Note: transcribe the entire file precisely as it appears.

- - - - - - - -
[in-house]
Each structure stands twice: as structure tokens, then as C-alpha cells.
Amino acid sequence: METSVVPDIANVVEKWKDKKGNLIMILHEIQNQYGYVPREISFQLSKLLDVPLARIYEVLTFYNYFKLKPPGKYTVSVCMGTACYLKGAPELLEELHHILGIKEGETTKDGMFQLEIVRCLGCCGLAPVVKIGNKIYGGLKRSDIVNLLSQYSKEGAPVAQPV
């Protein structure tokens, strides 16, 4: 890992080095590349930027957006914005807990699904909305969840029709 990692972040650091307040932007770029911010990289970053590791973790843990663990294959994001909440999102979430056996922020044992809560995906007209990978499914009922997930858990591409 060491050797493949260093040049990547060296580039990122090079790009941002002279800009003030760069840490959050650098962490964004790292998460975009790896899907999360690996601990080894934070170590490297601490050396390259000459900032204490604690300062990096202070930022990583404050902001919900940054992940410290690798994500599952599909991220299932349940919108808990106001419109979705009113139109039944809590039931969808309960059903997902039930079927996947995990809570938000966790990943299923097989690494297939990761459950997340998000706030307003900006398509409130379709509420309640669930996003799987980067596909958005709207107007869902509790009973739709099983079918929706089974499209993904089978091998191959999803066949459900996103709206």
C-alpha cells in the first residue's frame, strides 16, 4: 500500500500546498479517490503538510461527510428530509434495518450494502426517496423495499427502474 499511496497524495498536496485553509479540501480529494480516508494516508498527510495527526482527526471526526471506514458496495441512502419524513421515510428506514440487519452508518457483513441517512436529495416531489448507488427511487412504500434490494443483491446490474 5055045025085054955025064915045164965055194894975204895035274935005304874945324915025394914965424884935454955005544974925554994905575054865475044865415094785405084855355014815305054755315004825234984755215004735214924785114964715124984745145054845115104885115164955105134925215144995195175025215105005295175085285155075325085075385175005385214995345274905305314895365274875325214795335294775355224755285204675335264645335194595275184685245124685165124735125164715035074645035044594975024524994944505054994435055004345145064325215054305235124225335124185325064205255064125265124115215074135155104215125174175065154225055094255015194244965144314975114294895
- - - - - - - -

[in-house]
Each structure stands twice: as structure tokens, then as C-alpha cells.
Amino acid sequence: METSVVPDIANVVEKWKDKKGNLIMILHEIQNQYGYVPREISFQLSKLLDVPLARIYEVLTFYNYFKLKPPGKYTVSVCMGTACYLKGAPELLEELHHILGIKEGETTKDGMFQLEIVRCLGCCGLAPVVKIGNKIYGGLKRSDIVNLLSQYSKEGAPVAQPV
């Protein structure tokens, strides 16, 4: 890992080095590349930027957006914005807990699904909305969840029709 990692972040650091307040932007770029911010990289970053590791973790843990663990294959994001909440999102979430056996922020044992809560995906007209990978499914009922997930858990591409 060491050797493949260093040049990547060296580039990122090079790009941002002279800009003030760069840490959050650098962490964004790292998460975009790896899907999360690996601990080894934070170590490297601490050396390259000459900032204490604690300062990096202070930022990583404050902001919900940054992940410290690798994500599952599909991220299932349940919108808990106001419109979705009113139109039944809590039931969808309960059903997902039930079927996947995990809570938000966790990943299923097989690494297939990761459950997340998000706030307003900006398509409130379709509420309640669930996003799987980067596909958005709207107007869902509790009973739709099983079918929706089974499209993904089978091998191959999803066949459900996103709206």
C-alpha cells in the first residue's frame, strides 16, 4: 500500500500546498479517490503538510461527510428530509434495518450494502426517496423495499427502474 499511496497524495498536496485553509479540501480529494480516508494516508498527510495527526482527526471526526471506514458496495441512502419524513421515510428506514440487519452508518457483513441517512436529495416531489448507488427511487412504500434490494443483491446490474 5055045025085054955025064915045164965055194894975204895035274935005304874945324915025394914965424884935454955005544974925554994905575054865475044865415094785405084855355014815305054755315004825234984755215004735214924785114964715124984745145054845115104885115164955105134925215144995195175025215105005295175085285155075325085075385175005385214995345274905305314895365274875325214795335294775355224755285204675335264645335194595275184685245124685165124735125164715035074645035044594975024524994944505054994435055004345145064325215054305235124225335124185325064205255064125265124115215074135155104215125174175065154225055094255015194244965144314975114294895